“In order to maintain its effort in the mental health field the Legislature should appropriate a sum to pay County Short-Doyle Plans which is at least equal to the appropriation for mental health services during fiscal year 1968-1969 . . .” (§ 5706). In addition to this “statutory directive,” the Legislature also provided the Director of Health with statutory discretion in situations where necessary moneys are not forthcoming. The Director of Health is directed to allocate funds pursuant to that which is specified in the statutory scheme (§ 5753). This scheme requires that the “approved County Short-Doyle Plans shall be financed within the fixed amounts appropriated each year by the state and the counties . . .” (§ 5707). Therefore, if the Legislature fails to provide sufficient funds, it is incumbent upon the director to act accordingly; if “in any fiscal year the approved [legislative] appropriation is insufficient to finance the programs and services specified by this
subdivision, the Director of . . . [Health] shall have the authority to determine the amount of state funds available to each county for such purposes in accordance with the priorities in both the state and county plans.” (§ 5704.) Even though this specific language no longer appears in section 5704, it is clear that the Director of Health possesses great discretion in the allocation of funds; section 5707 limits his approval to the fixed amounts appropriated by the state but does not limit his discretion in the allocation itself, and section 5703 allows him to “determine the amount of state funds available . . . for specific services . . . from the funds appropriated. . . .” Consequently, while the Director of Health is required to review each county Short-Doyle Plan to determine, inter alia, that the plan complies with statutory requirements and standards adopted for their implementation (§ 5752), he has discretion in approving the plan (§ 5754), as well as in allocating funds subsequent to approval thereof (§ 5703). This discretion is not limited to initial approval of county Short-Doyle plans; “The Director of Health may reallocate among county Short-Doyle plans the state share of any savings occurring during the year in services provided under the county Short-Doyle plans.” (§ 5708.) It is clear, however, that once a plan has been reviewed and approved by the Director, “the County Short-Doyle Plan shall be deemed to be a contractual arrangement between the state and county” (§ 5707).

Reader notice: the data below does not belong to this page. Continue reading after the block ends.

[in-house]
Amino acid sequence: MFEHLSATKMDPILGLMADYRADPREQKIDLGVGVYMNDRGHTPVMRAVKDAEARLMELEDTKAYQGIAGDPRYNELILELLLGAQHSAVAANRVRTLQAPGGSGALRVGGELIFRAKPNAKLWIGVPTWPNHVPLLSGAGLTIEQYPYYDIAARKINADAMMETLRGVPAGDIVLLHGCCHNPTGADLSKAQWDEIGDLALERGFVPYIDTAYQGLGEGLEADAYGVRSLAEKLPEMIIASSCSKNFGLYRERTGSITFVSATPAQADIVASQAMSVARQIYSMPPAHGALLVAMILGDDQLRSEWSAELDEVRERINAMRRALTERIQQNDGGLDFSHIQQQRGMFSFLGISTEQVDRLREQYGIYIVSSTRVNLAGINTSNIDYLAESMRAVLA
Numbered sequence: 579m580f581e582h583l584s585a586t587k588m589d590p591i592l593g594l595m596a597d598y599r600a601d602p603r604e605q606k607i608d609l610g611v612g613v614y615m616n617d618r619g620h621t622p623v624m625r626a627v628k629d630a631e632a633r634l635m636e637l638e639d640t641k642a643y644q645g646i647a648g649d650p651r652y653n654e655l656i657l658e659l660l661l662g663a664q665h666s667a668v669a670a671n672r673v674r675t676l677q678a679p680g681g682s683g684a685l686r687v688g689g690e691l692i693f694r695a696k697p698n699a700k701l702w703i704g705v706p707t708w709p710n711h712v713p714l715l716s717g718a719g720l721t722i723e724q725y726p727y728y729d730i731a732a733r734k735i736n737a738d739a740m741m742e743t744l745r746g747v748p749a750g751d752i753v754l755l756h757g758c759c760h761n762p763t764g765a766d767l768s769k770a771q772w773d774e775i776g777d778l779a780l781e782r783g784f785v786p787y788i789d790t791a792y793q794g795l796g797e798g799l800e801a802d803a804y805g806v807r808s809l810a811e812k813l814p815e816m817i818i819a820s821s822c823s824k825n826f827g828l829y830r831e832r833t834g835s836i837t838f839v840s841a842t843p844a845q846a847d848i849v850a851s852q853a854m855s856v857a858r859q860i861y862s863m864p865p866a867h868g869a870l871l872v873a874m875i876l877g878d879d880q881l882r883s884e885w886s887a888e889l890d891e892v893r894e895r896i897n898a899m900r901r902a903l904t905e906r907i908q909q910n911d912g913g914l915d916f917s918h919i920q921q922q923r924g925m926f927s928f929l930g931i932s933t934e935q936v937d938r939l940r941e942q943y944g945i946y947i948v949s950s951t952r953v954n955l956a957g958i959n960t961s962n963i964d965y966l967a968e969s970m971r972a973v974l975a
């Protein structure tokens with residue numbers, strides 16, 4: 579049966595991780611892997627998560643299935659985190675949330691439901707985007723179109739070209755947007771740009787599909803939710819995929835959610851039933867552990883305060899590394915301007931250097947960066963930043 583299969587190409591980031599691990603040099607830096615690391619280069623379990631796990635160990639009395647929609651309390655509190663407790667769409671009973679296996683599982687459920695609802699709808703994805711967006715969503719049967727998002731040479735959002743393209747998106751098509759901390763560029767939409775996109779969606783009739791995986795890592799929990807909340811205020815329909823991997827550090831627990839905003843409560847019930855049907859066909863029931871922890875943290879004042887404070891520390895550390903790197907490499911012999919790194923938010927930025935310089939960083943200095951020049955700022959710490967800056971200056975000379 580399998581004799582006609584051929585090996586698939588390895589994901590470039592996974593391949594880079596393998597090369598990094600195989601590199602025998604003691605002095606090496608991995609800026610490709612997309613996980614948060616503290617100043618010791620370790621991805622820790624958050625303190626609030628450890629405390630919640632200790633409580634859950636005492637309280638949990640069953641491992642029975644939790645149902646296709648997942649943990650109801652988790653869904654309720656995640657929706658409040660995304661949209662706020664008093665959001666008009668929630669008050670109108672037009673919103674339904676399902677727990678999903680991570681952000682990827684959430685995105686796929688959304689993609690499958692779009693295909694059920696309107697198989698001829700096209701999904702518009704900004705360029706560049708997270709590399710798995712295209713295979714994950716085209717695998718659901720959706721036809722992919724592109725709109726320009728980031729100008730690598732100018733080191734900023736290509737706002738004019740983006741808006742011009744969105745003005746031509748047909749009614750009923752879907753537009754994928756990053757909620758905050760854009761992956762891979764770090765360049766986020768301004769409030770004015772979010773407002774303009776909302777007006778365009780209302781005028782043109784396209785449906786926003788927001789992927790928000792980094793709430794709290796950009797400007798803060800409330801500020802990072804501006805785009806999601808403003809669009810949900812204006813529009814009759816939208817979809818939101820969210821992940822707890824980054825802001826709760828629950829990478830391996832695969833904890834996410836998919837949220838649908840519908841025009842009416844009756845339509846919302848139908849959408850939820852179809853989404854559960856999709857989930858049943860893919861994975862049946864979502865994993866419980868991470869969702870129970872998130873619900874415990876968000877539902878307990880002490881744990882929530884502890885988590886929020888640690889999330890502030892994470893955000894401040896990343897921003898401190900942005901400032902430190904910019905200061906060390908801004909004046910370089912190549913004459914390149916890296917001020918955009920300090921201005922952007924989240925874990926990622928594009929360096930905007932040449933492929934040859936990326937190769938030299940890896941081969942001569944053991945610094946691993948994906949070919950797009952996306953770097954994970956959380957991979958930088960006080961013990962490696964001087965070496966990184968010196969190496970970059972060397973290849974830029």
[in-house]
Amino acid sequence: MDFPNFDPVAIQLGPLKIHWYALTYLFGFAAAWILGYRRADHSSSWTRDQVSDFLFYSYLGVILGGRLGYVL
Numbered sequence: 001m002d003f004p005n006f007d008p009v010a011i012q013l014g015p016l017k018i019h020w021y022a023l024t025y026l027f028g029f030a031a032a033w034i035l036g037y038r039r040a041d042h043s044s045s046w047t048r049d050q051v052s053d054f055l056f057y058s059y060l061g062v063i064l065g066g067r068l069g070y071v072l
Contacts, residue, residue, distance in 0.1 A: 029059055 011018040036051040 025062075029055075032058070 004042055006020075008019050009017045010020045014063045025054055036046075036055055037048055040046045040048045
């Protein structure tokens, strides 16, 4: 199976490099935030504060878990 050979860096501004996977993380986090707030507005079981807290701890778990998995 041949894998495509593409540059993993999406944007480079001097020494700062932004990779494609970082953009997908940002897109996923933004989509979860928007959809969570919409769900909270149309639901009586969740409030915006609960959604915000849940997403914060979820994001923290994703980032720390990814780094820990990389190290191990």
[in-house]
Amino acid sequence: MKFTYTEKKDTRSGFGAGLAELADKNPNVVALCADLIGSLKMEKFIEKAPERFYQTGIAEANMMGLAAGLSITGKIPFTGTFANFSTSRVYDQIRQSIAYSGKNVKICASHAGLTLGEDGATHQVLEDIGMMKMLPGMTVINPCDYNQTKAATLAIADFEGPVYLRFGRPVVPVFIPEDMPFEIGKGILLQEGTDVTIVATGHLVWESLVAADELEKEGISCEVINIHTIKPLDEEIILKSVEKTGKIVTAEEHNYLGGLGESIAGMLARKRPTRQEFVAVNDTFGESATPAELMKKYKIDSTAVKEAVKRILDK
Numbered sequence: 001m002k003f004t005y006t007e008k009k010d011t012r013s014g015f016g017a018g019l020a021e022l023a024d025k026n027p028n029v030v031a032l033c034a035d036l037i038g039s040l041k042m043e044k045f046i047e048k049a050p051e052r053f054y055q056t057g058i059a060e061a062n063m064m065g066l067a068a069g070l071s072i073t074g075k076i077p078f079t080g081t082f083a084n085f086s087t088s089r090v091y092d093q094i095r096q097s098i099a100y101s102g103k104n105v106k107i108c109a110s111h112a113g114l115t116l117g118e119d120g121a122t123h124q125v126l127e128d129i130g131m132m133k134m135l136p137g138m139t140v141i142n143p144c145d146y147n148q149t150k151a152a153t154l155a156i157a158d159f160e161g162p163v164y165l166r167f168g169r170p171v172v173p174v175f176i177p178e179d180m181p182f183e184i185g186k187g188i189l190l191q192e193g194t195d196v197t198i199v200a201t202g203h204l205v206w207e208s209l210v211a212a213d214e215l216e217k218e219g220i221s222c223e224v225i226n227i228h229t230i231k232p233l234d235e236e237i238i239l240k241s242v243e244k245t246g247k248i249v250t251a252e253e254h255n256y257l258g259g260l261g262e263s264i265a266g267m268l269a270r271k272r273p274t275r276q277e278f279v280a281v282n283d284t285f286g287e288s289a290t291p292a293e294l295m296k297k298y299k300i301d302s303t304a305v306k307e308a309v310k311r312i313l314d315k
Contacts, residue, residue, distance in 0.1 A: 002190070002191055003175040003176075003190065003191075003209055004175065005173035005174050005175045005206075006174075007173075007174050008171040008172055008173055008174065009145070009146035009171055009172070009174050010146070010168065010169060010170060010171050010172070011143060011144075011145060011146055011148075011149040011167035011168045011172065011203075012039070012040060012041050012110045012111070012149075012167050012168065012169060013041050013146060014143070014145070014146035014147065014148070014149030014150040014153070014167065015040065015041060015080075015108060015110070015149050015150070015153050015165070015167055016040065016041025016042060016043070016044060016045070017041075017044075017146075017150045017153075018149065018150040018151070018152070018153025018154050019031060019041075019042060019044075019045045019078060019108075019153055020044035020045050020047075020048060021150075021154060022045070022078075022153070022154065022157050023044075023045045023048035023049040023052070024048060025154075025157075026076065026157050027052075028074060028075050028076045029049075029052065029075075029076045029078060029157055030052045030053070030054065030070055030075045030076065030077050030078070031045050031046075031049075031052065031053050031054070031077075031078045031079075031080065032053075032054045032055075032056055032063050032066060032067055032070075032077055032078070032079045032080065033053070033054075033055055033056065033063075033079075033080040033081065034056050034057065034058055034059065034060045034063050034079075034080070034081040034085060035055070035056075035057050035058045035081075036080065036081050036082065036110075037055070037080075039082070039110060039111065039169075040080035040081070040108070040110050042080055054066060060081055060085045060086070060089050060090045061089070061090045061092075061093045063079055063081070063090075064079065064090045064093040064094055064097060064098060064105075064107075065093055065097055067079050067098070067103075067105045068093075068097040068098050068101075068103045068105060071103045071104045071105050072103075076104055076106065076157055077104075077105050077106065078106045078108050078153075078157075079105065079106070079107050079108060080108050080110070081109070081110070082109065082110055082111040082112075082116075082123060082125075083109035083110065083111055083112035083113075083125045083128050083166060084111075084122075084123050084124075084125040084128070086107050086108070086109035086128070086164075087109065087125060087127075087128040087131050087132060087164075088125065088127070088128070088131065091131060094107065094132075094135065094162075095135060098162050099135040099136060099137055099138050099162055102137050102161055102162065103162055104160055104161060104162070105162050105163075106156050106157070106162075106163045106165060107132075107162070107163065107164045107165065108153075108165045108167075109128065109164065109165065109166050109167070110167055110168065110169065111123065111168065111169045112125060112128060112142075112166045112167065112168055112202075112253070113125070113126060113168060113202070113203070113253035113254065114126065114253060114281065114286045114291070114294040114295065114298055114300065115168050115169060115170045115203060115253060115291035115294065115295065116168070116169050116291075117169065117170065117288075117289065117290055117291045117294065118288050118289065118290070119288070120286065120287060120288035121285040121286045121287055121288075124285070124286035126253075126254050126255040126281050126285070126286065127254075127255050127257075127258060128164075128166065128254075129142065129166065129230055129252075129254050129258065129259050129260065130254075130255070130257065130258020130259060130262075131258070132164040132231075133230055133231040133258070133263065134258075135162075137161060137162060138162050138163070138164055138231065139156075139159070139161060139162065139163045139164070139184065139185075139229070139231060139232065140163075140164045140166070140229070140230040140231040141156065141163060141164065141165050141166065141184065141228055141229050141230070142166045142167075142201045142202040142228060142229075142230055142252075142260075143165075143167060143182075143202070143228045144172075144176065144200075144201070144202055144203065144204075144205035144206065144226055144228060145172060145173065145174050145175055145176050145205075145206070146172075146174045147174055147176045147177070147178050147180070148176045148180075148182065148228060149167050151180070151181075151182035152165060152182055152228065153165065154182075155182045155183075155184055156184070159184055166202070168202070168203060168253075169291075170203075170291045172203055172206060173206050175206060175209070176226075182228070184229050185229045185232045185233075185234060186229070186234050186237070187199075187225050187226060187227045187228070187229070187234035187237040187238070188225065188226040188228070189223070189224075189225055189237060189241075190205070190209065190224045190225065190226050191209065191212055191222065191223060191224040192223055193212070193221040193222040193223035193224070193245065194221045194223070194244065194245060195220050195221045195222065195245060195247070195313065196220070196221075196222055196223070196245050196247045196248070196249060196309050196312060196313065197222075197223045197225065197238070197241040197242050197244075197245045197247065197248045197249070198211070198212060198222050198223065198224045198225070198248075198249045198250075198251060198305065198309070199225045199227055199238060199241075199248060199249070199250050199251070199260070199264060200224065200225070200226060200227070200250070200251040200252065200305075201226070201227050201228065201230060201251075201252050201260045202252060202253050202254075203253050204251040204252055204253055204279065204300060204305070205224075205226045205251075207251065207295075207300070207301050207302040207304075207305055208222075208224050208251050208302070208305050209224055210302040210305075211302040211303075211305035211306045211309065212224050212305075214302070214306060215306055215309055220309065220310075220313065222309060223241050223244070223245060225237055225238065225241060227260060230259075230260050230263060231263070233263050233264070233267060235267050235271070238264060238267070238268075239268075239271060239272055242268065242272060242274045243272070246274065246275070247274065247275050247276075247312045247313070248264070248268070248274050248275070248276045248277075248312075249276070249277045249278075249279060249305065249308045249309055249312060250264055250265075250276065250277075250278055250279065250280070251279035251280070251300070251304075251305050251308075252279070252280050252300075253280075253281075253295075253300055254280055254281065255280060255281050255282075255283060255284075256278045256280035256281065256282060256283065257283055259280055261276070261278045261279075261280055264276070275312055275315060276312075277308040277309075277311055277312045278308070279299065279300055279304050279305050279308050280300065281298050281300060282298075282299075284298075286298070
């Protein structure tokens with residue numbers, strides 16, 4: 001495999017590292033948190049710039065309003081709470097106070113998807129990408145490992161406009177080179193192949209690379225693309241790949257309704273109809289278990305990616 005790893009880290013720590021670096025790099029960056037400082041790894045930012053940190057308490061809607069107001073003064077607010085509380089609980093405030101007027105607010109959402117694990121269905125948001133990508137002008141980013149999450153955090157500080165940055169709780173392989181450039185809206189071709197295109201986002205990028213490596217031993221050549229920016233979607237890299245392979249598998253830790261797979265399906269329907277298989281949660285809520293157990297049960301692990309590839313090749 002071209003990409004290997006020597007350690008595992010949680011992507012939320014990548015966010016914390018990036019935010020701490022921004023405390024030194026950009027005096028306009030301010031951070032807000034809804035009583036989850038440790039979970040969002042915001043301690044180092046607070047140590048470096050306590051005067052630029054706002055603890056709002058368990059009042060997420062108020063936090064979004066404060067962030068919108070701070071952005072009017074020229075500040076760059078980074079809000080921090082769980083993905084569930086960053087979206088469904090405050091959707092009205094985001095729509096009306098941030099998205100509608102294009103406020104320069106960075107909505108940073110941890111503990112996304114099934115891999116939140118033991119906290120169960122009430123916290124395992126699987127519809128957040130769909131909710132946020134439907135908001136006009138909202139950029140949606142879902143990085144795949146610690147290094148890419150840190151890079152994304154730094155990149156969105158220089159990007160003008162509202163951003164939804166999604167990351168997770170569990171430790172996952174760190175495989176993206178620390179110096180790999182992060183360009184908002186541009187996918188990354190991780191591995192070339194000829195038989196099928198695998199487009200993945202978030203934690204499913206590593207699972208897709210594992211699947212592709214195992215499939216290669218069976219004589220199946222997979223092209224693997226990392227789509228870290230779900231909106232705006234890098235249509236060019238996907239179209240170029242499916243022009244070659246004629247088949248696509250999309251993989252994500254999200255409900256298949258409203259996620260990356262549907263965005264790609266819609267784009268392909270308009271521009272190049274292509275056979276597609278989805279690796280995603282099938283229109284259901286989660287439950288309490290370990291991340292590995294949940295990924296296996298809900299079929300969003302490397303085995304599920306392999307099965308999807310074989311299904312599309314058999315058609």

It is within this statutory scheme that the issues herein must be resolved. This scheme clearly manifests the following:
1. A county’s financial contribution under an approved county Short-Doyle plan is limited to 10 percent of the expenditures approved (§§ 5705, 5709 and 5709.5).
2. The Director of Health must limit the amount of his aggregate approval to that which is appropriated by the Legislature, but he has the discretion to allocate, within this limitation, all moneys as he deems necessary and proper (§ 5707). This discretion extends to allocations for specific mental health services within approved plans (§ 5709), as well as to reallocation of funds saved, during the actual operation of a county Short-Doyle plan (§ 5708).
3. Review and approval of a county Short-Doyle plan, by the Director of Health, plus county approval, establishes a binding contract between the state and the county (§ 5707).
Director asserts that the “estimated savings” factor is an accounting technique which has been used in computing state reimbursements under the Short-Doyle Act since its enactment in 1967. He claims that, faced with county requests exceeding the amount appropriated by the Legislature, he could have: (1) approved a plan where the total costs approved equaled the maximum allocation of state and county funds, which would necessitate a cut in the amounts requested by the counties, or (2) apply, as he did, the “estimated savings” factor after the approval of a maximum allocation which exceeded the amount appropriated by the Legislature.
Director’s first contention that he could have limited approval to the amount appropriated by the Legislature is certainly correct, for section 5707 requires that the “County Short-Doyle Plans shall be financed within the fixed amounts appropriated each year by the state and the counties. . . .” If he did limit his approval in this way, there would be no question that the 90/10 state-county ratio of section 5705 would be met. There would also be no question of any violation of the contract established by section 5707.